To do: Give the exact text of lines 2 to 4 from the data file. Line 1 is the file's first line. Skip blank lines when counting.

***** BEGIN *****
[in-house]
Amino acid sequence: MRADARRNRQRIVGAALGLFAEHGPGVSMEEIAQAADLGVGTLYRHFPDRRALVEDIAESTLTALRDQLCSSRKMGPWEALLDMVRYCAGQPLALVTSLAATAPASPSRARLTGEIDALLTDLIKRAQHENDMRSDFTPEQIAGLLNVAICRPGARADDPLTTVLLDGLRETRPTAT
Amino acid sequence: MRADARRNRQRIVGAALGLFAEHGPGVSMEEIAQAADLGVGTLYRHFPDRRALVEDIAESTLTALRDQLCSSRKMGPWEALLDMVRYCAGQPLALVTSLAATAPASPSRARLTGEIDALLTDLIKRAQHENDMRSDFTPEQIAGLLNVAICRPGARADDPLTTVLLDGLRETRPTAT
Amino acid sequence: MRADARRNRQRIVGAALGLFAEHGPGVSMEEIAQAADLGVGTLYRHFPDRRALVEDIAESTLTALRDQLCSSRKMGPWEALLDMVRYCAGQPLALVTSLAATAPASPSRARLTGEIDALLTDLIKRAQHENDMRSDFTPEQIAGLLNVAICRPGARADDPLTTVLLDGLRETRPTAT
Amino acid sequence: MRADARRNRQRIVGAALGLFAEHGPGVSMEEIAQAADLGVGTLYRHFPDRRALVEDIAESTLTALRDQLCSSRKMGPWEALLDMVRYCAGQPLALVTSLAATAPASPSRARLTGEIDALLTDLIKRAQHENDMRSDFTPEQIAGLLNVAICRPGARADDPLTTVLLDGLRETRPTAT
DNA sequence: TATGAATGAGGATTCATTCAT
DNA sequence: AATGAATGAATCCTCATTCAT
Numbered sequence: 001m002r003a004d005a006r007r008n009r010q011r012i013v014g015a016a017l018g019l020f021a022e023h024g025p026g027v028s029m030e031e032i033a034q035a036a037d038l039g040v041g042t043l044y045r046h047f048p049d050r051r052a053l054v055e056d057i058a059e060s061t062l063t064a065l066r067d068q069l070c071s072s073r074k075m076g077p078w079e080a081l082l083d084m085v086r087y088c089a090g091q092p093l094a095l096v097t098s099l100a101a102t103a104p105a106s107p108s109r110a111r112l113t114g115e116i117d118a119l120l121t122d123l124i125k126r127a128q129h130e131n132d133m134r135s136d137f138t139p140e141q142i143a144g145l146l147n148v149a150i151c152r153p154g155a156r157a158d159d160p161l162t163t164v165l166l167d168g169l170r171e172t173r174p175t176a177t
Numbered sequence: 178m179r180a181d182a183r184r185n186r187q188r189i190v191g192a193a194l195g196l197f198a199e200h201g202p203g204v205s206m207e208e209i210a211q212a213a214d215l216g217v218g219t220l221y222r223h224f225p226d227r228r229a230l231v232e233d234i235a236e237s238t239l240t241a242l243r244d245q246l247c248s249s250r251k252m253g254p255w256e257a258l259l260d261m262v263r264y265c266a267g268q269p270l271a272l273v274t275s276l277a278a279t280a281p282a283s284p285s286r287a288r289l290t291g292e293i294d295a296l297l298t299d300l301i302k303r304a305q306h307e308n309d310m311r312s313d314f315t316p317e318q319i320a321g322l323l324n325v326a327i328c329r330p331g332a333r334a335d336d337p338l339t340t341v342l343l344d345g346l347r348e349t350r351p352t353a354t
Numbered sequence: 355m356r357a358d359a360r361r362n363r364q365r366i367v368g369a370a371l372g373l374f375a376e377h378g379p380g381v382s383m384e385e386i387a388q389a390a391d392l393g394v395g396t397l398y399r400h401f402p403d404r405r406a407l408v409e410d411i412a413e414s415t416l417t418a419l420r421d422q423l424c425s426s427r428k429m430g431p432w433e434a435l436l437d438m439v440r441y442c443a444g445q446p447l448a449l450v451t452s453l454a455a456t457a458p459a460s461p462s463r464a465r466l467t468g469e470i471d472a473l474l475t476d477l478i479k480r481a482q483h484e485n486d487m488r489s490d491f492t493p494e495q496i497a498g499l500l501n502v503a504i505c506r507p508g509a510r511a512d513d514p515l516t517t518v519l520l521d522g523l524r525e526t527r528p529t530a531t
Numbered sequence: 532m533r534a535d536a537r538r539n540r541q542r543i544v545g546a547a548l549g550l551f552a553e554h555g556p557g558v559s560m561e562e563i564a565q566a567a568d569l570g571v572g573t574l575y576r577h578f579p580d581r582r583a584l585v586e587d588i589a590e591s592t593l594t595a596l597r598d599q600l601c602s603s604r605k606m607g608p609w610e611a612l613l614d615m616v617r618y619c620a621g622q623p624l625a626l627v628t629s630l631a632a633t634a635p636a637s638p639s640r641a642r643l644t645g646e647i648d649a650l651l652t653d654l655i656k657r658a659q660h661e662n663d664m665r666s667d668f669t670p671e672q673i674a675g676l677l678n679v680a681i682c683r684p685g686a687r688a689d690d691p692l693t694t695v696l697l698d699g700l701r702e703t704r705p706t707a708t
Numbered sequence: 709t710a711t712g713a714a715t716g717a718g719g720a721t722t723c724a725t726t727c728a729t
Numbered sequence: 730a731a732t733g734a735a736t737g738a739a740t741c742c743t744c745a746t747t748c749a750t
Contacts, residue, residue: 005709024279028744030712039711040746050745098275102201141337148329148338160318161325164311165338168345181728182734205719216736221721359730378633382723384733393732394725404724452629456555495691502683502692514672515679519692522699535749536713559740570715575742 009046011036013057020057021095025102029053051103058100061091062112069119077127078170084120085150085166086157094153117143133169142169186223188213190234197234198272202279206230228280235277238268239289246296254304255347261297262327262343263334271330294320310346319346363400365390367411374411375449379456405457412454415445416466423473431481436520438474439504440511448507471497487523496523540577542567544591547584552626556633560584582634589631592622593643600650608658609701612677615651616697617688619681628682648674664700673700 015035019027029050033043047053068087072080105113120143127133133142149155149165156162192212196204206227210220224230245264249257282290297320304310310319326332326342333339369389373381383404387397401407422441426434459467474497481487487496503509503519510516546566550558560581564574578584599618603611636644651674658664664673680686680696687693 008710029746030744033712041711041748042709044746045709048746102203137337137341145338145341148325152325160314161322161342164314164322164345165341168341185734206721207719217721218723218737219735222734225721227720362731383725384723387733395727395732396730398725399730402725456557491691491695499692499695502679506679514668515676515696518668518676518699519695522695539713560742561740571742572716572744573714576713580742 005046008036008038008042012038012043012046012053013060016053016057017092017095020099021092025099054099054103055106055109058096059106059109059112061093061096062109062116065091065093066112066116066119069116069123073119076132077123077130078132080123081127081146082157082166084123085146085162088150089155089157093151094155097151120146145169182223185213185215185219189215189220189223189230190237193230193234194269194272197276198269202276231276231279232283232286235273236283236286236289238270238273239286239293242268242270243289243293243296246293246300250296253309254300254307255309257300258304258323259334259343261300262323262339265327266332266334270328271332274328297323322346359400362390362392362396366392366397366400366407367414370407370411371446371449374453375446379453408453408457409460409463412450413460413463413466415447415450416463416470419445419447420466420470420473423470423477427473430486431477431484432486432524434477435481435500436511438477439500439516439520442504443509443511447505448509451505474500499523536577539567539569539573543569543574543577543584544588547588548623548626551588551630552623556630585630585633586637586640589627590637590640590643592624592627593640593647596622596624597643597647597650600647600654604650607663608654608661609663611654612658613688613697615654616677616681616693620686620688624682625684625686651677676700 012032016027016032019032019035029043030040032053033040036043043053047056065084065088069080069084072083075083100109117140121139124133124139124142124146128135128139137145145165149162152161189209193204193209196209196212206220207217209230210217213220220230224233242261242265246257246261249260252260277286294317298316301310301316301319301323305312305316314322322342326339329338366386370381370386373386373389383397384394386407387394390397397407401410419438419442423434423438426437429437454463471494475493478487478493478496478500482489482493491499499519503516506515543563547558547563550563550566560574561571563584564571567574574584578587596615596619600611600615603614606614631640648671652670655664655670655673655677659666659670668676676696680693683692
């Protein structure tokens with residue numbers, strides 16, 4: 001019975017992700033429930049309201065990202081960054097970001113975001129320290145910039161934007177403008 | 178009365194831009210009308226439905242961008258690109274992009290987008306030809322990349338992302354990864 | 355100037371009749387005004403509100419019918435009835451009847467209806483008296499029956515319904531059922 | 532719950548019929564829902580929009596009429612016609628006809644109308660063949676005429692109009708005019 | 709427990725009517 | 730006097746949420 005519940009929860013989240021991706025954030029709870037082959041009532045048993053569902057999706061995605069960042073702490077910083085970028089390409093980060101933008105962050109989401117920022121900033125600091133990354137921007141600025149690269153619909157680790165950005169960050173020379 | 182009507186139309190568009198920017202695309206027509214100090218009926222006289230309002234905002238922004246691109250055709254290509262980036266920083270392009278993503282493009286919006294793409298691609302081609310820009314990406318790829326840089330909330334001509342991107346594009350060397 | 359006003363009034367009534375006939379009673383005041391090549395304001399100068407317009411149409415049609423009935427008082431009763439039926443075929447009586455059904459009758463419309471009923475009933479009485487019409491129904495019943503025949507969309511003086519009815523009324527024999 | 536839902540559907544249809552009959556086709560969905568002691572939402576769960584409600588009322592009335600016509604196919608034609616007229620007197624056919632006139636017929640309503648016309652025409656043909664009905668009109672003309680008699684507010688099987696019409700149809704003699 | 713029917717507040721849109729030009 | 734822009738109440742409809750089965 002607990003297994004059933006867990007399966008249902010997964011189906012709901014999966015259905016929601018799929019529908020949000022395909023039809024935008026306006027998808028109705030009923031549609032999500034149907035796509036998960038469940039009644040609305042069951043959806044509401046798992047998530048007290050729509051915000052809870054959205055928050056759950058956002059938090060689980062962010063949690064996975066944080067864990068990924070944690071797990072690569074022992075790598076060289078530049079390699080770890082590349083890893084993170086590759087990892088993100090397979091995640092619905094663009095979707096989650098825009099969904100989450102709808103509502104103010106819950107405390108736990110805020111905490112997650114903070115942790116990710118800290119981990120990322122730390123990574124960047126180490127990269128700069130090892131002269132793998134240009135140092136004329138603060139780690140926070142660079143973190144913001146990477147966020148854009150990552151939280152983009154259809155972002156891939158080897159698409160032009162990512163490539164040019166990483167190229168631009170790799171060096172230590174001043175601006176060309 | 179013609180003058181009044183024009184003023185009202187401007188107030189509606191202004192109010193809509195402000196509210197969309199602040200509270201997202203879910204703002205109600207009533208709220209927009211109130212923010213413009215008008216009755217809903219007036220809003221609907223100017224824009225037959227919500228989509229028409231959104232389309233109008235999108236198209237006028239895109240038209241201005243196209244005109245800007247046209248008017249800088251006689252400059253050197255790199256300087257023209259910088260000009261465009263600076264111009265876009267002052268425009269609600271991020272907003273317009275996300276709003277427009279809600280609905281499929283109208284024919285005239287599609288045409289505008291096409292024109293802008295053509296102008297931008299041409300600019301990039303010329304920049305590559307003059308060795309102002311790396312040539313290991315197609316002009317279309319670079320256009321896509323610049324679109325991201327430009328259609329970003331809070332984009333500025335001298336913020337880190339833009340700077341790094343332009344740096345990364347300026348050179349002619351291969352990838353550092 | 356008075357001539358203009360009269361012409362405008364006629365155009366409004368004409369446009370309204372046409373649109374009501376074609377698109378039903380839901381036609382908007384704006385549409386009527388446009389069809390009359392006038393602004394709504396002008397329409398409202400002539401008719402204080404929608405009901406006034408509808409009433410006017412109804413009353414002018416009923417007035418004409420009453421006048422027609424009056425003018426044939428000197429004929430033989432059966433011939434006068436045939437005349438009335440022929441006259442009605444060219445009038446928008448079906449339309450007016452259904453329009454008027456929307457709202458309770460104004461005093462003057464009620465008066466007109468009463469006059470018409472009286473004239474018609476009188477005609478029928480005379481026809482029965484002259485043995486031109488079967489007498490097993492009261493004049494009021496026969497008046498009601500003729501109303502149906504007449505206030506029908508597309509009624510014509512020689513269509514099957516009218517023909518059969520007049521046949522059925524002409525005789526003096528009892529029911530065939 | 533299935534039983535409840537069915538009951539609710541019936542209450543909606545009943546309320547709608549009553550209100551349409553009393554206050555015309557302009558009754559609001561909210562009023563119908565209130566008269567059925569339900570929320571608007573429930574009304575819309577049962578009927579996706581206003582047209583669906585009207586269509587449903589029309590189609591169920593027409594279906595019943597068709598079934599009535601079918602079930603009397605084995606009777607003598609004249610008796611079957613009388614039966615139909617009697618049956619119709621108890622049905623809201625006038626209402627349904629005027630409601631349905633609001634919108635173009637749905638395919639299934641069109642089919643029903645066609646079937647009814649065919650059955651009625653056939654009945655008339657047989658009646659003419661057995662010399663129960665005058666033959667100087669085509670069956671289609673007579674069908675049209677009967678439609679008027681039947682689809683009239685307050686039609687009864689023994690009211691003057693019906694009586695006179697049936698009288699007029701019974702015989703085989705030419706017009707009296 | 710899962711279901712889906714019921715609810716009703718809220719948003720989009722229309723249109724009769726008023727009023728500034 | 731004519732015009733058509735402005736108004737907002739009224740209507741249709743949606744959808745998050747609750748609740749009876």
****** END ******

Amino acid sequence: MRADARRNRQRIVGAALGLFAEHGPGVSMEEIAQAADLGVGTLYRHFPDRRALVEDIAESTLTALRDQLCSSRKMGPWEALLDMVRYCAGQPLALVTSLAATAPASPSRARLTGEIDALLTDLIKRAQHENDMRSDFTPEQIAGLLNVAICRPGARADDPLTTVLLDGLRETRPTAT
Amino acid sequence: MRADARRNRQRIVGAALGLFAEHGPGVSMEEIAQAADLGVGTLYRHFPDRRALVEDIAESTLTALRDQLCSSRKMGPWEALLDMVRYCAGQPLALVTSLAATAPASPSRARLTGEIDALLTDLIKRAQHENDMRSDFTPEQIAGLLNVAICRPGARADDPLTTVLLDGLRETRPTAT
Amino acid sequence: MRADARRNRQRIVGAALGLFAEHGPGVSMEEIAQAADLGVGTLYRHFPDRRALVEDIAESTLTALRDQLCSSRKMGPWEALLDMVRYCAGQPLALVTSLAATAPASPSRARLTGEIDALLTDLIKRAQHENDMRSDFTPEQIAGLLNVAICRPGARADDPLTTVLLDGLRETRPTAT